So what is important?

“It is the spirit of the child that can determine the course of human progress and lead it perhaps even to a higher form of civilization.”  –Maria Montessori

cubing materials

"Montessori Works Night" where children demonstrate the materials to parents and guests

I’ve been thinking a great deal about perspective lately. How will the present moment matter in the future? What is important for the future?

Perspective requires that we take a long view, and I have been talking to many people lately about Good Shepherd Montessori School, and I find that the theme of the conversations often comes down to the long view. What do you really want for your child? What do you really want for your community? For the world?

When answering those questions, we take the long view. My son just took his first high school class and I found myself talking about grades to a child who has never needed to consider a grade before. Yes, I want my child to get good grades, but that is only a means to an end, isn’t it? The grade is not the goal, that is not the vision. The potential of the human person is the vision. Perhaps, in this system, the grade will allow my child to advance to another academic level that will eventually allow him to tap his true potential, so I don’t want him to get bad grades–I don’t want him to miss opportunities. But the grade is only the short term view; the child’s potential–the very potential of the human person, the potential of the community, of the nation, of the world–that is the long term view. That is what matters.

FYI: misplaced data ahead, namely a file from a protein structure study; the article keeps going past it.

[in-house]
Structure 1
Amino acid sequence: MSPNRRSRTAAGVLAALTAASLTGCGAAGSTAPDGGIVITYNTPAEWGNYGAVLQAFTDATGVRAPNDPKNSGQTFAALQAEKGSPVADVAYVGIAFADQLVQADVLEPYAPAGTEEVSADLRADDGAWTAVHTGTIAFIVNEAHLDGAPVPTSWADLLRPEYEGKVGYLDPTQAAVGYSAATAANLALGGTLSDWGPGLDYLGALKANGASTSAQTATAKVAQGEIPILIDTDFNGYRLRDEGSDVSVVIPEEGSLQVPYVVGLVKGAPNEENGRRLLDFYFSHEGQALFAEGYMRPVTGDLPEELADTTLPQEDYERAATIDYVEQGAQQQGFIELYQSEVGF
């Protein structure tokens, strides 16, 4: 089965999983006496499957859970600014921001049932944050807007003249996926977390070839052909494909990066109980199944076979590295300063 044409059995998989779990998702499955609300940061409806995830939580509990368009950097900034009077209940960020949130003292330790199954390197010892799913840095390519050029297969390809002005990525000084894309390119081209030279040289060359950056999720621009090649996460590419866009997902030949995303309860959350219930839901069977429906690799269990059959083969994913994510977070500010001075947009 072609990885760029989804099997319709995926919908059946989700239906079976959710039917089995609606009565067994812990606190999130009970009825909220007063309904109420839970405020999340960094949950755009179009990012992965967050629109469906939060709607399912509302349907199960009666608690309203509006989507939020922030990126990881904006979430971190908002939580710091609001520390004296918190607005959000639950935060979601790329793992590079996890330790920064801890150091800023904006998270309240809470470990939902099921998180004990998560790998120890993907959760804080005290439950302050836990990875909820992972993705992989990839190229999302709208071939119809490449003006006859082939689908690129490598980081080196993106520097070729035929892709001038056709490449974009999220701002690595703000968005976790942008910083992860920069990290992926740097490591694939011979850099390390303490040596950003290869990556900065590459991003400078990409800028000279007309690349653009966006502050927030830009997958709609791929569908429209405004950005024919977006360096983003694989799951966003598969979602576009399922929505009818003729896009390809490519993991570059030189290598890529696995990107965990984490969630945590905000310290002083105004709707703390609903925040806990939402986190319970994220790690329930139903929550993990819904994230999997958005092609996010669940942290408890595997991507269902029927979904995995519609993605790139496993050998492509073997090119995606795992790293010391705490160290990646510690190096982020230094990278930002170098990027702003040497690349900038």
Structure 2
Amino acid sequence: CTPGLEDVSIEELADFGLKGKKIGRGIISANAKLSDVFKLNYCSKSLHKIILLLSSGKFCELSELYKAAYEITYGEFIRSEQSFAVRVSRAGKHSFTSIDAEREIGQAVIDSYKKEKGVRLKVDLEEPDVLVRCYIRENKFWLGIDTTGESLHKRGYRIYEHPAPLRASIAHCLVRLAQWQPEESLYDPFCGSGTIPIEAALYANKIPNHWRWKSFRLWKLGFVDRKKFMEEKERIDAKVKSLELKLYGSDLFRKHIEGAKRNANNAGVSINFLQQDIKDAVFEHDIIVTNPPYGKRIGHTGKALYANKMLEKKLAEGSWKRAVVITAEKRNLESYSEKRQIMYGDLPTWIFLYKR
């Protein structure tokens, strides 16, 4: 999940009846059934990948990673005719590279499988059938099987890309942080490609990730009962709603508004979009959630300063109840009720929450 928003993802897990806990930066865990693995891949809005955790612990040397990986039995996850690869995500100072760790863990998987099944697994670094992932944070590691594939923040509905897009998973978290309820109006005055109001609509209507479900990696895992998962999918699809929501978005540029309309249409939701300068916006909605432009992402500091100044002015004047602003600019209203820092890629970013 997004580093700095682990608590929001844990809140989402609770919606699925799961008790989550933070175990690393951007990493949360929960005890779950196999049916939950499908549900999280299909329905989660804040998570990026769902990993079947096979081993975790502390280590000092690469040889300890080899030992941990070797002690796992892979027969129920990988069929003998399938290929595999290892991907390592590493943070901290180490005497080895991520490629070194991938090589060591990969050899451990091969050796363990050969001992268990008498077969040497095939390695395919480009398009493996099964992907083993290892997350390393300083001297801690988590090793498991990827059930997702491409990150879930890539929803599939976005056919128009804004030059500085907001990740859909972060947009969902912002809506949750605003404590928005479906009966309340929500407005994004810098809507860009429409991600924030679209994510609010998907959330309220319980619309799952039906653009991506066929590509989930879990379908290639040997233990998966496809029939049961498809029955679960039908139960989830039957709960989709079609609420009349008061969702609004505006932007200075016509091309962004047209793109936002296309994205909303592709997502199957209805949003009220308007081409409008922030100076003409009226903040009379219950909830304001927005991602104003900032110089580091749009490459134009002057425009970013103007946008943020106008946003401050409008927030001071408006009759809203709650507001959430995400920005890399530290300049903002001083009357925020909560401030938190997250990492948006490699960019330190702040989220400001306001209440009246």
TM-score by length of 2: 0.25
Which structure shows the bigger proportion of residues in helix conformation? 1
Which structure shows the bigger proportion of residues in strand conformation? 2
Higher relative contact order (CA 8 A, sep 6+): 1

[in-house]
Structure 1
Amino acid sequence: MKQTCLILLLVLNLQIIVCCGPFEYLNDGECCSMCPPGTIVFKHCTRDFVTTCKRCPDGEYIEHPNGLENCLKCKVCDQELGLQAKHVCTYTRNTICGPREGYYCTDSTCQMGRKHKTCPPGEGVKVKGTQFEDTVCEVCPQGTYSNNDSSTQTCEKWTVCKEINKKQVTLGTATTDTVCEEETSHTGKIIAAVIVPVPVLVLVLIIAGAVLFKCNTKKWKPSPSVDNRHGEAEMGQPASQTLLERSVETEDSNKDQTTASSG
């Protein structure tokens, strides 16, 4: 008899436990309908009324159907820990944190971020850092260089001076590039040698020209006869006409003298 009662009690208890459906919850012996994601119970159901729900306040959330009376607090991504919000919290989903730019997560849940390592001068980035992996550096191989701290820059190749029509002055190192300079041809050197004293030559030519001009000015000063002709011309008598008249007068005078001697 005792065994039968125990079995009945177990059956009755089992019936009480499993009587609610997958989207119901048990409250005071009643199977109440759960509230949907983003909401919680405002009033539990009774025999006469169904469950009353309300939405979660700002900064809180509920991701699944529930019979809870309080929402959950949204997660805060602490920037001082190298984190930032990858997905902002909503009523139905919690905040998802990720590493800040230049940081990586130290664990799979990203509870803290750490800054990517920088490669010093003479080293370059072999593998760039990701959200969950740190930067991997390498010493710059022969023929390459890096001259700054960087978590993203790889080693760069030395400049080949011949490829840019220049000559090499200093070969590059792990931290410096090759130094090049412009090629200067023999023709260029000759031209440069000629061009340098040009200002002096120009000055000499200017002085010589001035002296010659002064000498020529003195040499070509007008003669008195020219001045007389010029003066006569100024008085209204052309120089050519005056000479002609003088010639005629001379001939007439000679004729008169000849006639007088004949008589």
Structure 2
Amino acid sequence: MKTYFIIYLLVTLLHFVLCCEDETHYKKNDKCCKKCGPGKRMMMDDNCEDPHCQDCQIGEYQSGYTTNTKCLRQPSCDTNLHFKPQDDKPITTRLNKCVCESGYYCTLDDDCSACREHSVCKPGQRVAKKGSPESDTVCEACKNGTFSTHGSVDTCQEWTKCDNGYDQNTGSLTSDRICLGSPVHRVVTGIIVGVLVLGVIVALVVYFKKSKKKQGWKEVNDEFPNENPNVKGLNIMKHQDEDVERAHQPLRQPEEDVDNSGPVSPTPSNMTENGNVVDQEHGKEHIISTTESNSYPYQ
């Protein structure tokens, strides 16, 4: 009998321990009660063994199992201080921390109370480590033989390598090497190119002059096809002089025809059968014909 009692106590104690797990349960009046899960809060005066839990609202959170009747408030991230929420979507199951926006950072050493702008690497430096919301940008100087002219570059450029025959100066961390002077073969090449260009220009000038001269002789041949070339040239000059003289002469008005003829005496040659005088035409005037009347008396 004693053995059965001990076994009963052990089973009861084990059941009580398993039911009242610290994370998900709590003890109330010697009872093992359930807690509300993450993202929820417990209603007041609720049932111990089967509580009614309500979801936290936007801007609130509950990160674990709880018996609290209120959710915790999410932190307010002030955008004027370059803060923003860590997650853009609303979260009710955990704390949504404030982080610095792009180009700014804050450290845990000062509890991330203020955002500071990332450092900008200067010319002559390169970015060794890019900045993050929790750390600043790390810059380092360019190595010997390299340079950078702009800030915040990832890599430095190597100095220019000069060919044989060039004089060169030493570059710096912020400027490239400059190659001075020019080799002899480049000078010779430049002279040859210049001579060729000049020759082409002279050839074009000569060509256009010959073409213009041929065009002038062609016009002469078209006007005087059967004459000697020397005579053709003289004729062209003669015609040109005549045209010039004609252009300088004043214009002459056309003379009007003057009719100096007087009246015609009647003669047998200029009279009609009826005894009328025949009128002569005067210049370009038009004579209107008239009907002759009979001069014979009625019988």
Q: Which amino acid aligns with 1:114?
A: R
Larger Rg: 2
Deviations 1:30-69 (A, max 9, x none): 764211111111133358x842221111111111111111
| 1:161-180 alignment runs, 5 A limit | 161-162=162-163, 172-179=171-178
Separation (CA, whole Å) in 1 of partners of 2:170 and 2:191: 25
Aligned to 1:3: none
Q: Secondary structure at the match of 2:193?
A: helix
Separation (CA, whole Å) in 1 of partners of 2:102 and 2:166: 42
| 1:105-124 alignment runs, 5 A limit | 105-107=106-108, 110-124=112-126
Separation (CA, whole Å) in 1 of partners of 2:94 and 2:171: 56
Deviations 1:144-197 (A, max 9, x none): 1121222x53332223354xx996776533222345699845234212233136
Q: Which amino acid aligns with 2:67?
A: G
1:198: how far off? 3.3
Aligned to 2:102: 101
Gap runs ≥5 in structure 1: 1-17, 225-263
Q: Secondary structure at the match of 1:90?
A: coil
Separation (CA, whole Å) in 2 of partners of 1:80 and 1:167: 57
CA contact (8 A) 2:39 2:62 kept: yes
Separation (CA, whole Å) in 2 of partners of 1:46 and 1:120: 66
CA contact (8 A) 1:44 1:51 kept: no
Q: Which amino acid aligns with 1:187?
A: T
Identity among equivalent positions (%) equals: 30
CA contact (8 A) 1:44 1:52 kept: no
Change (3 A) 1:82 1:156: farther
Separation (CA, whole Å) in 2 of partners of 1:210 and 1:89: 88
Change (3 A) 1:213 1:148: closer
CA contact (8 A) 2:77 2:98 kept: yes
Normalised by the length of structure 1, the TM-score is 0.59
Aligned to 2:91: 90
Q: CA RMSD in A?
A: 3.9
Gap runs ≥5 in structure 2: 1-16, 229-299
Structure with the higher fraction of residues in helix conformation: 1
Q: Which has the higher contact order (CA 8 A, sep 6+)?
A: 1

Perspective requires that I ask: “How will what I am experiencing today carry over into the future? What do I need to hold onto, of what do I need to let go? How am I making a positive influence through my work and relationships today? What am I doing today that will lead to a better civilization?” It sounds, perhaps, too lofty and idealistic, but it seems to me that when it gets right down to it, that is what we are working toward, together, isn’t it? A better civilization, one that is inclusive, inspiring, and productive, one that is grounded in right relationship.

I am biased, I know, but when I think of our collective future, when I think of the culture that we are creating and developing, of the community we seek to build, of the world we desire, I think of preparing a rich environment for children who then construct their personalities through the work that takes place inside that environment over the course of a series of three-year curricula. I think of the Montessori method and philosophy. That “preparation of the environment,” I am confident, will create for us a better civilization.

The hope for humankind is found in our elementary schools today. We absolutely have to take a long view and do everything possible to be sure our focus is not only the immediate needs and desires of the child (and certainly not the immediate needs and desires of the adult!) but we need to ensure that our focus is the human potential itself. What is happening in our elementary schools now that will create a better civilization? Where is our perspective?

Explore posts in the same categories: elementary education, Montessori, Montessori Method

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